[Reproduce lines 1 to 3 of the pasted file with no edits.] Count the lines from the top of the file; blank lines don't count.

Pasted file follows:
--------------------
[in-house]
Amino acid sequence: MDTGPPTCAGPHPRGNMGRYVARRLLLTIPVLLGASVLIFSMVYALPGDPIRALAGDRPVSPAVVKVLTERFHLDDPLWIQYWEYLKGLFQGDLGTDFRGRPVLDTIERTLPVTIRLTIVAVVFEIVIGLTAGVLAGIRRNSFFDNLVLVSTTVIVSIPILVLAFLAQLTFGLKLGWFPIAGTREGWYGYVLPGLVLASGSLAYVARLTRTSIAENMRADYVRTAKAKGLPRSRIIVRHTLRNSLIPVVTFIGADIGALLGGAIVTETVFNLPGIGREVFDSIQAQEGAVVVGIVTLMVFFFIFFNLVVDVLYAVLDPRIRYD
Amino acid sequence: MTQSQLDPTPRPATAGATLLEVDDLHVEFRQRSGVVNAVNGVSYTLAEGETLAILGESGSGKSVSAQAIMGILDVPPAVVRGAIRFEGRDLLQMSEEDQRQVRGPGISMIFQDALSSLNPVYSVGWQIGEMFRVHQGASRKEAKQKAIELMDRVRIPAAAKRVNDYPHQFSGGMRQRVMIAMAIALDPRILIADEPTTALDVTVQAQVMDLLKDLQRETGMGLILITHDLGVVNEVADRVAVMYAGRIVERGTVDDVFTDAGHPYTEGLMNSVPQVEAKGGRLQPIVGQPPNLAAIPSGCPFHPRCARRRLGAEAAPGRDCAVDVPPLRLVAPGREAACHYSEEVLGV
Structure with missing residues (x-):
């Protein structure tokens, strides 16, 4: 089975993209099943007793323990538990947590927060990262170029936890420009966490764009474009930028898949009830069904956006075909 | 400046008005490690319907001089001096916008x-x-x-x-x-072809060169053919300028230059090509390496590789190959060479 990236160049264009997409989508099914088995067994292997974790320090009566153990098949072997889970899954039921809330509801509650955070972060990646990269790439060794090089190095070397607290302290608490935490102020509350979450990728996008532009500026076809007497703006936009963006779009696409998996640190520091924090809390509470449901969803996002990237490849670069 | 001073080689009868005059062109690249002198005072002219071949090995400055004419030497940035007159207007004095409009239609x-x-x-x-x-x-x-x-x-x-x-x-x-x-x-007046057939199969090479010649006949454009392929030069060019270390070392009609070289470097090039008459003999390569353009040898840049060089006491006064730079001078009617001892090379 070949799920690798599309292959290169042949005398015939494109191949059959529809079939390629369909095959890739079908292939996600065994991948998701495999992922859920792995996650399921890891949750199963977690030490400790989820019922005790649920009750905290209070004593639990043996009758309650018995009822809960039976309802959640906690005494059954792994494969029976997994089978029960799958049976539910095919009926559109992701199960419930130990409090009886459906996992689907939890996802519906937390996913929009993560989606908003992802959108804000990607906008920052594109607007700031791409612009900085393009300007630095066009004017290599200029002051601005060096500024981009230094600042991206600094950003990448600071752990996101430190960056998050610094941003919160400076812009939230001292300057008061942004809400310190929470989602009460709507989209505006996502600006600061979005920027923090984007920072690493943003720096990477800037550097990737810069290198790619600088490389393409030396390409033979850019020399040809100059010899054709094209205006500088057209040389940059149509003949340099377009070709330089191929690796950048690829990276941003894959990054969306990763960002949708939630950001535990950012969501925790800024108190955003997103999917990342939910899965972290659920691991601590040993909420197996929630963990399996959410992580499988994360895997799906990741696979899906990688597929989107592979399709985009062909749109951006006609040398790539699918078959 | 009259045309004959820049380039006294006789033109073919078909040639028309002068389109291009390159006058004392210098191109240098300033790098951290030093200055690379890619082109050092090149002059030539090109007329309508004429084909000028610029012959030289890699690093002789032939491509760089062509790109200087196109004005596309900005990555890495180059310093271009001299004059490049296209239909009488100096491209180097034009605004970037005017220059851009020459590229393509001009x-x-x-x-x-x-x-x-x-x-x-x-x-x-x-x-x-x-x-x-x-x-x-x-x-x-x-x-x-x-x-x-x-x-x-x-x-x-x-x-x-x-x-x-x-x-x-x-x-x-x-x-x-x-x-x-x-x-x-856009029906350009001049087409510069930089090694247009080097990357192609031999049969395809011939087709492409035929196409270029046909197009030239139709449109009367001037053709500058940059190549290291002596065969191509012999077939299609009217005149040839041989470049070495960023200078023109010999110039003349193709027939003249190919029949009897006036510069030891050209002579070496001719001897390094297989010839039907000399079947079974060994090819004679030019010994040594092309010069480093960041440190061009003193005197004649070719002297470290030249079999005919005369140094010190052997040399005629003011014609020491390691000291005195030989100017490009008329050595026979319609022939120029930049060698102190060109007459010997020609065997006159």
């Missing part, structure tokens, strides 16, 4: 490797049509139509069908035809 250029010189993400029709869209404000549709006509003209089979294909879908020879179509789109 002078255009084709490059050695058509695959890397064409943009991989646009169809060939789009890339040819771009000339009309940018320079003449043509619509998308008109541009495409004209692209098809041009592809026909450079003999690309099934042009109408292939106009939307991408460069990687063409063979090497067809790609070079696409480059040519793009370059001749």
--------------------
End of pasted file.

[in-house]
Amino acid sequence: MDTGPPTCAGPHPRGNMGRYVARRLLLTIPVLLGASVLIFSMVYALPGDPIRALAGDRPVSPAVVKVLTERFHLDDPLWIQYWEYLKGLFQGDLGTDFRGRPVLDTIERTLPVTIRLTIVAVVFEIVIGLTAGVLAGIRRNSFFDNLVLVSTTVIVSIPILVLAFLAQLTFGLKLGWFPIAGTREGWYGYVLPGLVLASGSLAYVARLTRTSIAENMRADYVRTAKAKGLPRSRIIVRHTLRNSLIPVVTFIGADIGALLGGAIVTETVFNLPGIGREVFDSIQAQEGAVVVGIVTLMVFFFIFFNLVVDVLYAVLDPRIRYD
Amino acid sequence: MTQSQLDPTPRPATAGATLLEVDDLHVEFRQRSGVVNAVNGVSYTLAEGETLAILGESGSGKSVSAQAIMGILDVPPAVVRGAIRFEGRDLLQMSEEDQRQVRGPGISMIFQDALSSLNPVYSVGWQIGEMFRVHQGASRKEAKQKAIELMDRVRIPAAAKRVNDYPHQFSGGMRQRVMIAMAIALDPRILIADEPTTALDVTVQAQVMDLLKDLQRETGMGLILITHDLGVVNEVADRVAVMYAGRIVERGTVDDVFTDAGHPYTEGLMNSVPQVEAKGGRLQPIVGQPPNLAAIPSGCPFHPRCARRRLGAEAAPGRDCAVDVPPLRLVAPGREAACHYSEEVLGV